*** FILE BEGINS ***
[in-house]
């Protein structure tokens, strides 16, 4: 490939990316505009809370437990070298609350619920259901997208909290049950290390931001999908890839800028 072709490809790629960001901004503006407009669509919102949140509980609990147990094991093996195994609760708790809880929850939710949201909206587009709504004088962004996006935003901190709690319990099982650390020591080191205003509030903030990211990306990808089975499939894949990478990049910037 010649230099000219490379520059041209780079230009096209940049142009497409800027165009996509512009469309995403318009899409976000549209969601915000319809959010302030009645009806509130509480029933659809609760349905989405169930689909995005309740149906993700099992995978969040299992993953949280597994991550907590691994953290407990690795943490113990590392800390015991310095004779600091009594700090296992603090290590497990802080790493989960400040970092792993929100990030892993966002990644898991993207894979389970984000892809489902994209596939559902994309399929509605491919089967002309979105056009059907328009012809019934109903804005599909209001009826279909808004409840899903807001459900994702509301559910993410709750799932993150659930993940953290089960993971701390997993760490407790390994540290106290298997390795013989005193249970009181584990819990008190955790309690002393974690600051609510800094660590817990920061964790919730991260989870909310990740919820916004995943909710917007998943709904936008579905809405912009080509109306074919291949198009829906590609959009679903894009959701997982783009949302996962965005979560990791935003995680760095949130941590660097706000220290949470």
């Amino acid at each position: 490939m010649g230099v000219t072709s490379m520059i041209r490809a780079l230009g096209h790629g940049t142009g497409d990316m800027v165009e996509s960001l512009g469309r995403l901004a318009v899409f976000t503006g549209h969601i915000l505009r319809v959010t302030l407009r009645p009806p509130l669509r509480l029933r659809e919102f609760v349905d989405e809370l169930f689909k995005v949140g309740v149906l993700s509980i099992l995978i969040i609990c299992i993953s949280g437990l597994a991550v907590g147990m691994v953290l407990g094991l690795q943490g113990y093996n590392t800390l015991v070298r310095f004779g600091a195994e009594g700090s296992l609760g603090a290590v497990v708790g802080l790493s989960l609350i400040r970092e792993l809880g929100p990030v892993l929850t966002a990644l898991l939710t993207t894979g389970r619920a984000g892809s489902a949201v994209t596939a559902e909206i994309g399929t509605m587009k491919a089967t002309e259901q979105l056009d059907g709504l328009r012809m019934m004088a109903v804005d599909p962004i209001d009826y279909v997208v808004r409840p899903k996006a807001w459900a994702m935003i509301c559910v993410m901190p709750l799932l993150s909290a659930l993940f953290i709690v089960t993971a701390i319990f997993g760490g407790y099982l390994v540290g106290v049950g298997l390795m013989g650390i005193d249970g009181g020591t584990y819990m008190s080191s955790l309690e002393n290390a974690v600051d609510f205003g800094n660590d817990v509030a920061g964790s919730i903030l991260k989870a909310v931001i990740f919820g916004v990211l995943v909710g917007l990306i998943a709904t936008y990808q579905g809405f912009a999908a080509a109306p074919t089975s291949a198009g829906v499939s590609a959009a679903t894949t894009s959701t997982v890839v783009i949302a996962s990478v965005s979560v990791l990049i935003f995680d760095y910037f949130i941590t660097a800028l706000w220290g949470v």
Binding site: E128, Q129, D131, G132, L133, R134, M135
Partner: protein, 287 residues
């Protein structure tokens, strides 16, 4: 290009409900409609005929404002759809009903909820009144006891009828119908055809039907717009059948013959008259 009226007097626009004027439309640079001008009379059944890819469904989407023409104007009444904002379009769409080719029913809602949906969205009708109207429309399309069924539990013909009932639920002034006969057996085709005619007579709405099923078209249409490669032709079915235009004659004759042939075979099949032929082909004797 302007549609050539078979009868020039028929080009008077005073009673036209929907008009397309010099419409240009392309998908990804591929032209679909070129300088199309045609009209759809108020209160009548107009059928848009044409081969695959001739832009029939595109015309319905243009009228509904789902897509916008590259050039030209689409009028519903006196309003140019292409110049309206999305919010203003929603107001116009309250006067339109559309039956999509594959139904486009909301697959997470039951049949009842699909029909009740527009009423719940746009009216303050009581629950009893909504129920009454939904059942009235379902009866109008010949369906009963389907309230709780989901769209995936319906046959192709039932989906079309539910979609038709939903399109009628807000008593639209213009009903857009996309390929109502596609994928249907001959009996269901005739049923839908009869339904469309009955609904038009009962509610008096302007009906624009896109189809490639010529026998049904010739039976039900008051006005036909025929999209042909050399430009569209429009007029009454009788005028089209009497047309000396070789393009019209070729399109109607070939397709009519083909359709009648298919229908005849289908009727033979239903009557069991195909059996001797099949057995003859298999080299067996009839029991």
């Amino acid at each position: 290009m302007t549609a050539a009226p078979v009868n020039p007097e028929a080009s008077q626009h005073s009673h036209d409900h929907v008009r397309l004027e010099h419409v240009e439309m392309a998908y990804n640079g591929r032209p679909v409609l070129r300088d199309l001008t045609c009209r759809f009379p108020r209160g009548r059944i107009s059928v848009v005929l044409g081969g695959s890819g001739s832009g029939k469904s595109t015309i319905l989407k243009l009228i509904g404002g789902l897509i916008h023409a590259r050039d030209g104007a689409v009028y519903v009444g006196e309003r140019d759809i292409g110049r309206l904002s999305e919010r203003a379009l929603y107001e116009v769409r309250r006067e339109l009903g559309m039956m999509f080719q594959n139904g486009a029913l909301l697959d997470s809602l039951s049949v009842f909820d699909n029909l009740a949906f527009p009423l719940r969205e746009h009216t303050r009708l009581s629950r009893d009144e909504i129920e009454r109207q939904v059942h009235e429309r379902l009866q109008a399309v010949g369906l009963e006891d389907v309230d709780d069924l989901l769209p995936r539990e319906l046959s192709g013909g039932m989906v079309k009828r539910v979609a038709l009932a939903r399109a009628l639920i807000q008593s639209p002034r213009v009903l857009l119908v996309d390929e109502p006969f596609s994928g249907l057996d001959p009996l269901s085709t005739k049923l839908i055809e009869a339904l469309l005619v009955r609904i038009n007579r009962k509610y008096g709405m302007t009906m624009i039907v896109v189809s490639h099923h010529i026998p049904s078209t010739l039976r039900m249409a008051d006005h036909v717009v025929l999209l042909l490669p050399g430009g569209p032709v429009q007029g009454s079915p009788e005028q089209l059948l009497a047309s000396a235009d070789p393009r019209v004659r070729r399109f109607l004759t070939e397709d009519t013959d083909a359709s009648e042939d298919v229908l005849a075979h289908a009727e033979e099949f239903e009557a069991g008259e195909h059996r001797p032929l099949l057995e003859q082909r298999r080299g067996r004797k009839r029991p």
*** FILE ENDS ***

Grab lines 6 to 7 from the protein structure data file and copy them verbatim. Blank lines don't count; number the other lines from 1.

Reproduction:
């Protein structure tokens, strides 16, 4: 290009409900409609005929404002759809009903909820009144006891009828119908055809039907717009059948013959008259 009226007097626009004027439309640079001008009379059944890819469904989407023409104007009444904002379009769409080719029913809602949906969205009708109207429309399309069924539990013909009932639920002034006969057996085709005619007579709405099923078209249409490669032709079915235009004659004759042939075979099949032929082909004797 302007549609050539078979009868020039028929080009008077005073009673036209929907008009397309010099419409240009392309998908990804591929032209679909070129300088199309045609009209759809108020209160009548107009059928848009044409081969695959001739832009029939595109015309319905243009009228509904789902897509916008590259050039030209689409009028519903006196309003140019292409110049309206999305919010203003929603107001116009309250006067339109559309039956999509594959139904486009909301697959997470039951049949009842699909029909009740527009009423719940746009009216303050009581629950009893909504129920009454939904059942009235379902009866109008010949369906009963389907309230709780989901769209995936319906046959192709039932989906079309539910979609038709939903399109009628807000008593639209213009009903857009996309390929109502596609994928249907001959009996269901005739049923839908009869339904469309009955609904038009009962509610008096302007009906624009896109189809490639010529026998049904010739039976039900008051006005036909025929999209042909050399430009569209429009007029009454009788005028089209009497047309000396070789393009019209070729399109109607070939397709009519083909359709009648298919229908005849289908009727033979239903009557069991195909059996001797099949057995003859298999080299067996009839029991």
């Amino acid at each position: 290009m302007t549609a050539a009226p078979v009868n020039p007097e028929a080009s008077q626009h005073s009673h036209d409900h929907v008009r397309l004027e010099h419409v240009e439309m392309a998908y990804n640079g591929r032209p679909v409609l070129r300088d199309l001008t045609c009209r759809f009379p108020r209160g009548r059944i107009s059928v848009v005929l044409g081969g695959s890819g001739s832009g029939k469904s595109t015309i319905l989407k243009l009228i509904g404002g789902l897509i916008h023409a590259r050039d030209g104007a689409v009028y519903v009444g006196e309003r140019d759809i292409g110049r309206l904002s999305e919010r203003a379009l929603y107001e116009v769409r309250r006067e339109l009903g559309m039956m999509f080719q594959n139904g486009a029913l909301l697959d997470s809602l039951s049949v009842f909820d699909n029909l009740a949906f527009p009423l719940r969205e746009h009216t303050r009708l009581s629950r009893d009144e909504i129920e009454r109207q939904v059942h009235e429309r379902l009866q109008a399309v010949g369906l009963e006891d389907v309230d709780d069924l989901l769209p995936r539990e319906l046959s192709g013909g039932m989906v079309k009828r539910v979609a038709l009932a939903r399109a009628l639920i807000q008593s639209p002034r213009v009903l857009l119908v996309d390929e109502p006969f596609s994928g249907l057996d001959p009996l269901s085709t005739k049923l839908i055809e009869a339904l469309l005619v009955r609904i038009n007579r009962k509610y008096g709405m302007t009906m624009i039907v896109v189809s490639h099923h010529i026998p049904s078209t010739l039976r039900m249409a008051d006005h036909v717009v025929l999209l042909l490669p050399g430009g569209p032709v429009q007029g009454s079915p009788e005028q089209l059948l009497a047309s000396a235009d070789p393009r019209v004659r070729r399109f109607l004759t070939e397709d009519t013959d083909a359709s009648e042939d298919v229908l005849a075979h289908a009727e033979e099949f239903e009557a069991g008259e195909h059996r001797p032929l099949l057995e003859q082909r298999r080299g067996r004797k009839r029991p």